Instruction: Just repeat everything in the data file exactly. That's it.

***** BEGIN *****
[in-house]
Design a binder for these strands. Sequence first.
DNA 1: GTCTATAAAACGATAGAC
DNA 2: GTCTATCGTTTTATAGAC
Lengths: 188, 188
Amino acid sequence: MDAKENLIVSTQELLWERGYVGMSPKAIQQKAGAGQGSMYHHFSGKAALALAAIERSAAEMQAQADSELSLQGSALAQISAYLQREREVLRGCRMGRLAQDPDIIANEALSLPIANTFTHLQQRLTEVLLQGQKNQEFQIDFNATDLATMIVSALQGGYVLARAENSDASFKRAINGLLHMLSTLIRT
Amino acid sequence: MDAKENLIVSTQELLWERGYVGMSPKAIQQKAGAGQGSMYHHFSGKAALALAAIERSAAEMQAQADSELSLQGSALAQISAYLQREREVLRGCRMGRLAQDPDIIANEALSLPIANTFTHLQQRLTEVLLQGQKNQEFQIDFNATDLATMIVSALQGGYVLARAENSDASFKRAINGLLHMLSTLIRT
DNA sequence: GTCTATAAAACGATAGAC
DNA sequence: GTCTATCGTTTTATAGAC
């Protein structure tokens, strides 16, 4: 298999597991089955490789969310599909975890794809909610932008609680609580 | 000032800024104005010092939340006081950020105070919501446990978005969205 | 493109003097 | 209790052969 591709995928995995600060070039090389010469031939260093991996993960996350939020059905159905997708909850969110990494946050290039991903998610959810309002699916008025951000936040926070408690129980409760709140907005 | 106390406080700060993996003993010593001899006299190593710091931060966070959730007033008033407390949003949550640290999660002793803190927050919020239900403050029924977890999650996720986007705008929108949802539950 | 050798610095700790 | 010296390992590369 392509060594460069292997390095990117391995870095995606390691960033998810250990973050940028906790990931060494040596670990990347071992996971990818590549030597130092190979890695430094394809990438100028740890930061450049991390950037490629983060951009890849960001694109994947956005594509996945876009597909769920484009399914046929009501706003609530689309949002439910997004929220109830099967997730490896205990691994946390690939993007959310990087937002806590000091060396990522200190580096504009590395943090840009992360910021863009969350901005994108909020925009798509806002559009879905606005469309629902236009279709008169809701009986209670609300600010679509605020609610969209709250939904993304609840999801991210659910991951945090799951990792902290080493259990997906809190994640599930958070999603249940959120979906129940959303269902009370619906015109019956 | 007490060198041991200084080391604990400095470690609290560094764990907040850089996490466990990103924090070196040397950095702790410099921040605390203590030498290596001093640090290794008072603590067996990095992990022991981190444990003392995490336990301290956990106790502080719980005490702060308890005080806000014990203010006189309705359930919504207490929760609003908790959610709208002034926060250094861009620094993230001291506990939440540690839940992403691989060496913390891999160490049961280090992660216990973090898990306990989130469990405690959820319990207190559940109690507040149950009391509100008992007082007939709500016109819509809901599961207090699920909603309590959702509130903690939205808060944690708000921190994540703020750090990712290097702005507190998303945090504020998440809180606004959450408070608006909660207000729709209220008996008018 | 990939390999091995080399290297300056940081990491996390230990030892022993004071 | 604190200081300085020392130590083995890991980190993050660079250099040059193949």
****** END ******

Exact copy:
[in-house]
Design a binder for these strands. Sequence first.
DNA 1: GTCTATAAAACGATAGAC
DNA 2: GTCTATCGTTTTATAGAC
Lengths: 188, 188
Amino acid sequence: MDAKENLIVSTQELLWERGYVGMSPKAIQQKAGAGQGSMYHHFSGKAALALAAIERSAAEMQAQADSELSLQGSALAQISAYLQREREVLRGCRMGRLAQDPDIIANEALSLPIANTFTHLQQRLTEVLLQGQKNQEFQIDFNATDLATMIVSALQGGYVLARAENSDASFKRAINGLLHMLSTLIRT
Amino acid sequence: MDAKENLIVSTQELLWERGYVGMSPKAIQQKAGAGQGSMYHHFSGKAALALAAIERSAAEMQAQADSELSLQGSALAQISAYLQREREVLRGCRMGRLAQDPDIIANEALSLPIANTFTHLQQRLTEVLLQGQKNQEFQIDFNATDLATMIVSALQGGYVLARAENSDASFKRAINGLLHMLSTLIRT
DNA sequence: GTCTATAAAACGATAGAC
DNA sequence: GTCTATCGTTTTATAGAC
């Protein structure tokens, strides 16, 4: 298999597991089955490789969310599909975890794809909610932008609680609580 | 000032800024104005010092939340006081950020105070919501446990978005969205 | 493109003097 | 209790052969 591709995928995995600060070039090389010469031939260093991996993960996350939020059905159905997708909850969110990494946050290039991903998610959810309002699916008025951000936040926070408690129980409760709140907005 | 106390406080700060993996003993010593001899006299190593710091931060966070959730007033008033407390949003949550640290999660002793803190927050919020239900403050029924977890999650996720986007705008929108949802539950 | 050798610095700790 | 010296390992590369 392509060594460069292997390095990117391995870095995606390691960033998810250990973050940028906790990931060494040596670990990347071992996971990818590549030597130092190979890695430094394809990438100028740890930061450049991390950037490629983060951009890849960001694109994947956005594509996945876009597909769920484009399914046929009501706003609530689309949002439910997004929220109830099967997730490896205990691994946390690939993007959310990087937002806590000091060396990522200190580096504009590395943090840009992360910021863009969350901005994108909020925009798509806002559009879905606005469309629902236009279709008169809701009986209670609300600010679509605020609610969209709250939904993304609840999801991210659910991951945090799951990792902290080493259990997906809190994640599930958070999603249940959120979906129940959303269902009370619906015109019956 | 007490060198041991200084080391604990400095470690609290560094764990907040850089996490466990990103924090070196040397950095702790410099921040605390203590030498290596001093640090290794008072603590067996990095992990022991981190444990003392995490336990301290956990106790502080719980005490702060308890005080806000014990203010006189309705359930919504207490929760609003908790959610709208002034926060250094861009620094993230001291506990939440540690839940992403691989060496913390891999160490049961280090992660216990973090898990306990989130469990405690959820319990207190559940109690507040149950009391509100008992007082007939709500016109819509809901599961207090699920909603309590959702509130903690939205808060944690708000921190994540703020750090990712290097702005507190998303945090504020998440809180606004959450408070608006909660207000729709209220008996008018 | 990939390999091995080399290297300056940081990491996390230990030892022993004071 | 604190200081300085020392130590083995890991980190993050660079250099040059193949």